Anzac Day- remembering the contribution of Australian women in action.


On Anzac Day we remember the Anzac spirit of those Australians who made the ultimate sacrifice for their country.

Today I would like to dedicate this post to the role of Australian women in war and recognise their sacrifices and contribution to the war effort of Australia going back to 1898 when sixty nurses served in the Boer War.

This contribution was made through their service, as well as through the work of women on the home front in supporting the troops and taking up positions in the workforce to keep the country going while the men were away fighting. It should be remembered that women in this era were not generally occupied in the workforce so their spirit and energy in taking up these new roles is even more remarkable.


This public domain image comes from the collection of the Australian War Memorial and was made available by the donor N. Crossing. It was taken at Rosez France,in 1917. The following is an excerpt from the summary provided.

“A surgical operation about to begin in an operating theatre of French hospital no. 23, 4th section, region 16 in Rodez, in the Midi during World War 1. From left: Voluntary Aid Detachment (VAD) worker Mrs Keith Murray, Sister Dorothy Ellena Duffy, surgeon, assistant, and 2nd assistant giving anaesthetic. Sister Duffy was one of a group of twenty civilian trained nurses, from New South Wales, who volunteered to serve in France for the Australian Red Cross during World War I. They were known as ‘Bluebirds’ because of their distinctive blue uniforms. Note the floorcovering, indicating the makeshift nature of the operating theatre. ”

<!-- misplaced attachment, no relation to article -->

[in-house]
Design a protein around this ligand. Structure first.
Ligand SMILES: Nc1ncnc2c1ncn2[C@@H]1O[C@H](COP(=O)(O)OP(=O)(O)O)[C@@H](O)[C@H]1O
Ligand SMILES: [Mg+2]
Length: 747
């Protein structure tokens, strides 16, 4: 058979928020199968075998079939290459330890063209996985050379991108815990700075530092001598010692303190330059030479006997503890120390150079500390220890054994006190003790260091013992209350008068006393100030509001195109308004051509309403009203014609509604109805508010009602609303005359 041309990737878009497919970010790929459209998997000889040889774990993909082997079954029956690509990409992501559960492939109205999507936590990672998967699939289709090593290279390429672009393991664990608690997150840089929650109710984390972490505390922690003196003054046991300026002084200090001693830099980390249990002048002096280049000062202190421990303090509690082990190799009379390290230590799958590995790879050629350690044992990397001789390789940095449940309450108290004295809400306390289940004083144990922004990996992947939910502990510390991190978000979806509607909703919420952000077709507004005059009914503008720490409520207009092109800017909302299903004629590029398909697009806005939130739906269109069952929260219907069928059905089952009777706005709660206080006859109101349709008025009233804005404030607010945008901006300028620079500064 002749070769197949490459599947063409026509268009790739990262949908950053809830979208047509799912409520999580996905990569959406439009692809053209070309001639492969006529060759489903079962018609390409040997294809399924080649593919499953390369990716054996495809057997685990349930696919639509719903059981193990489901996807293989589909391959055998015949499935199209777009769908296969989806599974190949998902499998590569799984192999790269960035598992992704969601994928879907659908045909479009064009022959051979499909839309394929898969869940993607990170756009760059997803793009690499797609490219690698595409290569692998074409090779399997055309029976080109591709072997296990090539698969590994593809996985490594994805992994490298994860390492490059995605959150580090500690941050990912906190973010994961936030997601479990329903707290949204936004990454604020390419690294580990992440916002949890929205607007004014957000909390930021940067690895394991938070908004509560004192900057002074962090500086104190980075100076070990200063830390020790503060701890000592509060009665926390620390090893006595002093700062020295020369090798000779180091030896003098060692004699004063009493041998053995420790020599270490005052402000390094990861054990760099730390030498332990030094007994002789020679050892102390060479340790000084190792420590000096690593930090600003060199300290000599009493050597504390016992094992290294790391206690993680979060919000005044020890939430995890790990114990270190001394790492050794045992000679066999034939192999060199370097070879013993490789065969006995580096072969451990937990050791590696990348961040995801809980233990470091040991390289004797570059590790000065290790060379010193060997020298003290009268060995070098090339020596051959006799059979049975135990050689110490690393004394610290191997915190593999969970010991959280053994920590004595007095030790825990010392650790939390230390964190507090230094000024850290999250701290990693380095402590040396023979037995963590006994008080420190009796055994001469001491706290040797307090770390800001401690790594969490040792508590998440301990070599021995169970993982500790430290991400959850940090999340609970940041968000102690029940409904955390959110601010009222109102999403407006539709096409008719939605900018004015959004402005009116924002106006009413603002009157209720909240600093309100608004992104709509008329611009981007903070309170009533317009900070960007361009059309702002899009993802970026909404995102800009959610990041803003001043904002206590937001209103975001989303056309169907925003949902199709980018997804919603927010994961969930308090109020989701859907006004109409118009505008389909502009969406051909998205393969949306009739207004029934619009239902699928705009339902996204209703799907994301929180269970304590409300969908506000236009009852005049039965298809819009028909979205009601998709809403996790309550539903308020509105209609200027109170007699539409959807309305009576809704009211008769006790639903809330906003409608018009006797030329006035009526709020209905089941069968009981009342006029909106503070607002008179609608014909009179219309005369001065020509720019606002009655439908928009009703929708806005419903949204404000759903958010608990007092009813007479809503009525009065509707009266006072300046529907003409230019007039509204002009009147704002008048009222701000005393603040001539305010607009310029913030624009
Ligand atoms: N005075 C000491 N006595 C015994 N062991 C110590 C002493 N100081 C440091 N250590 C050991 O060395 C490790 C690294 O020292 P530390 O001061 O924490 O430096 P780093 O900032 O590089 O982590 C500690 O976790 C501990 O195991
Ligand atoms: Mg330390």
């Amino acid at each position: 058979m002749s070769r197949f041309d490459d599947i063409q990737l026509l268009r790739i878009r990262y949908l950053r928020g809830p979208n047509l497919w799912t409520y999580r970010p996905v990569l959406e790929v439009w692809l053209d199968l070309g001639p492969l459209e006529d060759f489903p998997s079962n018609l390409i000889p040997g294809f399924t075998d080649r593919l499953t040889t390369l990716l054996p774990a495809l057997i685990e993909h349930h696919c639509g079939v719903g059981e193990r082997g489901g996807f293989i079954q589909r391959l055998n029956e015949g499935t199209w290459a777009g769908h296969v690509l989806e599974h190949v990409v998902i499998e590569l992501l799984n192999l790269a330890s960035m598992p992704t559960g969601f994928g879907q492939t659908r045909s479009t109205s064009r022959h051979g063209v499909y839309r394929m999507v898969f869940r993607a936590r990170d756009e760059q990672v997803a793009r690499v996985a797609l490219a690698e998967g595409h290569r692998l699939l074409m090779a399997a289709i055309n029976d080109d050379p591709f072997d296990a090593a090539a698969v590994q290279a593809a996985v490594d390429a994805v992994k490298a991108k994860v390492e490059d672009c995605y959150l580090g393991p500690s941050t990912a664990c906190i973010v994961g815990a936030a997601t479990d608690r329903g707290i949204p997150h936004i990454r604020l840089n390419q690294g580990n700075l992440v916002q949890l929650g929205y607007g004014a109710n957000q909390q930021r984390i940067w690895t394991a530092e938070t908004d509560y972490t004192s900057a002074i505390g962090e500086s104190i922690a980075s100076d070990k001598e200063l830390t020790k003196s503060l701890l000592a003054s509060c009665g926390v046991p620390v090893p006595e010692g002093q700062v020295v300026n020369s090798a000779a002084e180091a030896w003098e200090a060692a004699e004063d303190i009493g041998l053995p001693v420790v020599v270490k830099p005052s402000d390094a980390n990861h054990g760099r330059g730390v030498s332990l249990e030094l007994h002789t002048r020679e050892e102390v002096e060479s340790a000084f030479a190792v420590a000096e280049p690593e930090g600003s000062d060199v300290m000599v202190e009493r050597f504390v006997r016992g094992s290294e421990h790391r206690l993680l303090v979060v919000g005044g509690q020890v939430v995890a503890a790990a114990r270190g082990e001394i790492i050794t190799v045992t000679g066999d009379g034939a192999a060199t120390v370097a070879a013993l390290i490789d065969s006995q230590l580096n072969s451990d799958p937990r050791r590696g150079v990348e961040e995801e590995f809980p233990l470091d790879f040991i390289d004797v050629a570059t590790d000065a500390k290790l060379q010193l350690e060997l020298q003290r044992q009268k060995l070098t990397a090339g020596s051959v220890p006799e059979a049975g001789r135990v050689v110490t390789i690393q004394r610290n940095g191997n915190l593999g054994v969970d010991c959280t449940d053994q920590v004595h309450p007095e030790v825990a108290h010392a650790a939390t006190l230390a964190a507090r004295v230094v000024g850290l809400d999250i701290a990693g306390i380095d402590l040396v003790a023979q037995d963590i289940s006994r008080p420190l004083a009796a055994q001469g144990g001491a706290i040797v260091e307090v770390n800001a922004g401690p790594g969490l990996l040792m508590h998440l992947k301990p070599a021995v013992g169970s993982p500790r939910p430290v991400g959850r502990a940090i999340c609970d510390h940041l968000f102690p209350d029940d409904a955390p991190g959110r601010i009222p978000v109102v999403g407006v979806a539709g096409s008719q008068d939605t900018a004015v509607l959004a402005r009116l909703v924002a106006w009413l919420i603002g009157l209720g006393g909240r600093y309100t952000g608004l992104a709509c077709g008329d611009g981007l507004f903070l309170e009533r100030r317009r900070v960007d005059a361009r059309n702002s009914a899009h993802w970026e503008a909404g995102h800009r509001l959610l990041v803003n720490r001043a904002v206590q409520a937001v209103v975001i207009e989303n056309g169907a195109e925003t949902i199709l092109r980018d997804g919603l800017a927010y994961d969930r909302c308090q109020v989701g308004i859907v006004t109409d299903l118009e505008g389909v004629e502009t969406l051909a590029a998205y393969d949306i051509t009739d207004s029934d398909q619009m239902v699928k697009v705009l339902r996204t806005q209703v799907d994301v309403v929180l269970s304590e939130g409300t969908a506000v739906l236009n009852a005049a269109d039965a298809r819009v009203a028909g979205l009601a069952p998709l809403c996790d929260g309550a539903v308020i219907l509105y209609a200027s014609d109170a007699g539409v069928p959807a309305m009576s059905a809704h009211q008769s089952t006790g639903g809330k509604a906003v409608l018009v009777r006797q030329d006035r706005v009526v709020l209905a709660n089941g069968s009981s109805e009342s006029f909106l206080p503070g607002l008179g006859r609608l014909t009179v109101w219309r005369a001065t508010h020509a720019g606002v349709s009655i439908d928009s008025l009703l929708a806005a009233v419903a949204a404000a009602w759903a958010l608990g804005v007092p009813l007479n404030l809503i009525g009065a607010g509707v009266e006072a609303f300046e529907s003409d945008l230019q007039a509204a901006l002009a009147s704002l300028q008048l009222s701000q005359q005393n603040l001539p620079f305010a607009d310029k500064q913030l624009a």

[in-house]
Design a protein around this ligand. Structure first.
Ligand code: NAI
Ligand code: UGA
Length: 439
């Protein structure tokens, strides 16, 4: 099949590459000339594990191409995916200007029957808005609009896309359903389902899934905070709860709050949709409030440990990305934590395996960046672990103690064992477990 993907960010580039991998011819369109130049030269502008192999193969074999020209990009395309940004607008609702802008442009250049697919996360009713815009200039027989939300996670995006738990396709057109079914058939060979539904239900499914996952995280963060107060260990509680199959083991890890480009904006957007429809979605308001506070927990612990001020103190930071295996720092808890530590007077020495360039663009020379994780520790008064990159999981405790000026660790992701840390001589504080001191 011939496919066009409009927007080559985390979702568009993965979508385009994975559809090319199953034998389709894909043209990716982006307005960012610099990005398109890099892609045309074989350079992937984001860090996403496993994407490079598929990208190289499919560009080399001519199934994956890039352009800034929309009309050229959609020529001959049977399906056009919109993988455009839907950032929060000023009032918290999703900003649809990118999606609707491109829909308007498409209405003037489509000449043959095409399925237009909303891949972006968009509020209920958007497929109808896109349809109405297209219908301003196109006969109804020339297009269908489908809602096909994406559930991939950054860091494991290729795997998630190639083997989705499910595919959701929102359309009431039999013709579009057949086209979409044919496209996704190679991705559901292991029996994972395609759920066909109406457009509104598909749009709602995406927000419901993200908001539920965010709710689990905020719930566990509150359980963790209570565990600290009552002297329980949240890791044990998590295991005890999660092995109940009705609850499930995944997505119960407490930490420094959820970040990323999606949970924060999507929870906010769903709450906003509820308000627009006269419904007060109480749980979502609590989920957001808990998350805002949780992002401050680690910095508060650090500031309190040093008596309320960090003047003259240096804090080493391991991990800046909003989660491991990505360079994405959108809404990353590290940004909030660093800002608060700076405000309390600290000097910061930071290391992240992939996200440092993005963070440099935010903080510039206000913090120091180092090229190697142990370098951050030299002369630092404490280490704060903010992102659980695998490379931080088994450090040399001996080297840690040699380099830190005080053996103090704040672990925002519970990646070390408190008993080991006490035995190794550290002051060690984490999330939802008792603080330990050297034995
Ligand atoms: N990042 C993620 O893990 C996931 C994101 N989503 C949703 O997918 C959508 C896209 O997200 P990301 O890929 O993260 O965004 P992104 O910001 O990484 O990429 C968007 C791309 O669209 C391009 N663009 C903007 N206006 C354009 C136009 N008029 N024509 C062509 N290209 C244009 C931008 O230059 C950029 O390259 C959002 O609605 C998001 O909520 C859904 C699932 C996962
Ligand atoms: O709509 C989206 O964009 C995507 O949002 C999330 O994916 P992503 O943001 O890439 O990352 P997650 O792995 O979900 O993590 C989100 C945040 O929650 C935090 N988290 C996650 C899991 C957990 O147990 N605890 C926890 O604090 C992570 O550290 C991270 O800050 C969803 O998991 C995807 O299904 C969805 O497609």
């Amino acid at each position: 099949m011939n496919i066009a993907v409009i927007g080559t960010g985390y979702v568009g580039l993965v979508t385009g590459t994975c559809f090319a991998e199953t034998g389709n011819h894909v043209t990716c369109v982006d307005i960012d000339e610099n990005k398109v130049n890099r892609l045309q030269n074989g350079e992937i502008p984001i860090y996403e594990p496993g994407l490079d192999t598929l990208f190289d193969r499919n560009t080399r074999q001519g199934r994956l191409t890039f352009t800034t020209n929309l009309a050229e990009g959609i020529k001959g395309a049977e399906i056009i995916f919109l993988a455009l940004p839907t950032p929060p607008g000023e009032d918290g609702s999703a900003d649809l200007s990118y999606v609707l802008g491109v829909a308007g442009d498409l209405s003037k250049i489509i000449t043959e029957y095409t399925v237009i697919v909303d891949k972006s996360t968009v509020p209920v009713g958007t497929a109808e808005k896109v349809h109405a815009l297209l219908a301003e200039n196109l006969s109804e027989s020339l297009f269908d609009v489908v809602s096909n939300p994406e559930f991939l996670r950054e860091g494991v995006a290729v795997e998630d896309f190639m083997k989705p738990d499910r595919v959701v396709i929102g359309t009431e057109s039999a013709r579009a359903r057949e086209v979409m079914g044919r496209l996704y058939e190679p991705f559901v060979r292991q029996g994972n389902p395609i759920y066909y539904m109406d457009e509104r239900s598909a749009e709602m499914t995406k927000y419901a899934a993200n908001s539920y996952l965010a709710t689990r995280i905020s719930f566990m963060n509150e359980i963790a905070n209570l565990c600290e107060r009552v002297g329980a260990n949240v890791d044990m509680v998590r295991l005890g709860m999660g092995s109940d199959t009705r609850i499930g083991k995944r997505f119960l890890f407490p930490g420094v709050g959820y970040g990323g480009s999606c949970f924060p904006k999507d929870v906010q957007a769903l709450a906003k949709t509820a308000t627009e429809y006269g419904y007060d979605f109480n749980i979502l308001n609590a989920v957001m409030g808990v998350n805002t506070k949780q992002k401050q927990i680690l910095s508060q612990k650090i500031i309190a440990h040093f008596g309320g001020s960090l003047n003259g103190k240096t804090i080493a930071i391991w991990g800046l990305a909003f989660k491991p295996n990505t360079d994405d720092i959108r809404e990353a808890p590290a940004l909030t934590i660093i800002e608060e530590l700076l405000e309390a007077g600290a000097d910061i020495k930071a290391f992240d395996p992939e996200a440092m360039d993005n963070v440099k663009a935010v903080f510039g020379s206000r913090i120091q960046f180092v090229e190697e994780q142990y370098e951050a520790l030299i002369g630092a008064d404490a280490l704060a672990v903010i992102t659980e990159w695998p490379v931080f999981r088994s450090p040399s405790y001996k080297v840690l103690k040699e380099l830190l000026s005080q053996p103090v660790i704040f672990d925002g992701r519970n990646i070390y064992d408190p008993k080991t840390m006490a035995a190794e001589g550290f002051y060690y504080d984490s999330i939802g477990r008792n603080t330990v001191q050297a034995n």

And this from culture.

One nurse, Sister Narrelle Hobbs, was with Australian forces at Gallipoli.

I’ve been a soldier now for nearly three years, and please God I will go right to the end … if anything happened, and I too passed out, well, there would be no finer way, and no way in which I would be happier, than to lay down one’s life for the men who have given everything.

She died five months later, in May 1918. (Source:

Women have made significant contributions by their service and efforts ever since. Though not always allowed to march alongside servicemen women have been formally recognised for their efforts.

To read more here are some excellent links for teachers, students or anyone who would like to learn more about the contribution made by Australian men and women:

This excellent and exhaustive website full of information is also recommended:


here is the recipe for Anzac biscuits such traditional fare on Anzac Day.


Photo of Anzac Biscuit courtesy of Wikibooks.


  • 1 cup of plain flour,
  • 1 cup of sugar,
  • 1 cup of rolled oats
  • 1 cup of coconut
  • 125g butter
  • 1 Tbls golden syrup
  • 2 Tbls boiling water
  • 1 tsp bicarbonate soda.


1. Pre- heat oven to 180C,
2. Mix together flour, coconut, rolled oats, and sugar,

3. Melt butter and golden syrup.

4. Mix bicarbonate soda with water,

5. Mix butter and bicarb mixture and then add to dry ingredients,stirring well.

6. Place spoonfuls onto a greased baking tray,

7. Make sure to allow enough space between each biscuit for them to spread.

8. Bake for approximately 15 minutes or until golden.

9. Cool on tray until the biscuits are firm enough to lift onto cooling on racks.

I hope you enjoy these delicious easy to make biscuits.


~ by abstraktbiblos on Saturday, 25 April, 2009.

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